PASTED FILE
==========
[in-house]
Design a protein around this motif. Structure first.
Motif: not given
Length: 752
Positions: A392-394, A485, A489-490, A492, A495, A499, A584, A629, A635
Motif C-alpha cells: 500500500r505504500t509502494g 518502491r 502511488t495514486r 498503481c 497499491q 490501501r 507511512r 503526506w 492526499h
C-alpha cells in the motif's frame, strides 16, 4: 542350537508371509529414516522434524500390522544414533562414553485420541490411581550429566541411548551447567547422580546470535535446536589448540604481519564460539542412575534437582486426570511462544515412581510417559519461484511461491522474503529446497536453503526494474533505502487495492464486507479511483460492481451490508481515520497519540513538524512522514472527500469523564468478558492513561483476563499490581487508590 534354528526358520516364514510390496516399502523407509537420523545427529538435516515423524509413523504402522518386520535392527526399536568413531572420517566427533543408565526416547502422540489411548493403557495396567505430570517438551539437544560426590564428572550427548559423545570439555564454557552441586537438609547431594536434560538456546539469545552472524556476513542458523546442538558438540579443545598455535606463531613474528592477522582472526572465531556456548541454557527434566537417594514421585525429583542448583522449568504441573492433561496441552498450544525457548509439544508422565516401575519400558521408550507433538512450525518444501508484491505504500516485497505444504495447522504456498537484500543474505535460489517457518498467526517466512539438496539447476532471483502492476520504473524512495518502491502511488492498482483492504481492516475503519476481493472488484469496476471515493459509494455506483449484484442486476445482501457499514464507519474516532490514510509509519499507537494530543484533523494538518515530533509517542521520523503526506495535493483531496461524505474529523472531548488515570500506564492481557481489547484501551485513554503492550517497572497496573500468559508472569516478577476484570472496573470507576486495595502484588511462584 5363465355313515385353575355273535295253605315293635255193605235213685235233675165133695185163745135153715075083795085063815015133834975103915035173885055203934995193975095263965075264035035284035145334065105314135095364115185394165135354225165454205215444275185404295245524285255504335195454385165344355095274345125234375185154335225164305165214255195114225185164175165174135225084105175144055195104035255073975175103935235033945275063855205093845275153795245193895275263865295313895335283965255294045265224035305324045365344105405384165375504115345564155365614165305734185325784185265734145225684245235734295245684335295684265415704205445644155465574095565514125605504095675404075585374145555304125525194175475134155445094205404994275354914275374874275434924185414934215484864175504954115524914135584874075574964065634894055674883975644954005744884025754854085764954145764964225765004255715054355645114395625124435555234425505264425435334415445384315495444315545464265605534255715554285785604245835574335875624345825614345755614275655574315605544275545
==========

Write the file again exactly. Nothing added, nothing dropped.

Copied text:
[in-house]
Design a protein around this motif. Structure first.
Motif: not given
Length: 752
Positions: A392-394, A485, A489-490, A492, A495, A499, A584, A629, A635
Motif C-alpha cells: 500500500r505504500t509502494g 518502491r 502511488t495514486r 498503481c 497499491q 490501501r 507511512r 503526506w 492526499h
C-alpha cells in the motif's frame, strides 16, 4: 542350537508371509529414516522434524500390522544414533562414553485420541490411581550429566541411548551447567547422580546470535535446536589448540604481519564460539542412575534437582486426570511462544515412581510417559519461484511461491522474503529446497536453503526494474533505502487495492464486507479511483460492481451490508481515520497519540513538524512522514472527500469523564468478558492513561483476563499490581487508590 534354528526358520516364514510390496516399502523407509537420523545427529538435516515423524509413523504402522518386520535392527526399536568413531572420517566427533543408565526416547502422540489411548493403557495396567505430570517438551539437544560426590564428572550427548559423545570439555564454557552441586537438609547431594536434560538456546539469545552472524556476513542458523546442538558438540579443545598455535606463531613474528592477522582472526572465531556456548541454557527434566537417594514421585525429583542448583522449568504441573492433561496441552498450544525457548509439544508422565516401575519400558521408550507433538512450525518444501508484491505504500516485497505444504495447522504456498537484500543474505535460489517457518498467526517466512539438496539447476532471483502492476520504473524512495518502491502511488492498482483492504481492516475503519476481493472488484469496476471515493459509494455506483449484484442486476445482501457499514464507519474516532490514510509509519499507537494530543484533523494538518515530533509517542521520523503526506495535493483531496461524505474529523472531548488515570500506564492481557481489547484501551485513554503492550517497572497496573500468559508472569516478577476484570472496573470507576486495595502484588511462584 5363465355313515385353575355273535295253605315293635255193605235213685235233675165133695185163745135153715075083795085063815015133834975103915035173885055203934995193975095263965075264035035284035145334065105314135095364115185394165135354225165454205215444275185404295245524285255504335195454385165344355095274345125234375185154335225164305165214255195114225185164175165174135225084105175144055195104035255073975175103935235033945275063855205093845275153795245193895275263865295313895335283965255294045265224035305324045365344105405384165375504115345564155365614165305734185325784185265734145225684245235734295245684335295684265415704205445644155465574095565514125605504095675404075585374145555304125525194175475134155445094205404994275354914275374874275434924185414934215484864175504954115524914135584874075574964065634894055674883975644954005744884025754854085764954145764964225765004255715054355645114395625124435555234425505264425435334415445384315495444315545464265605534255715554285785604245835574335875624345825614345755614275655574315605544275545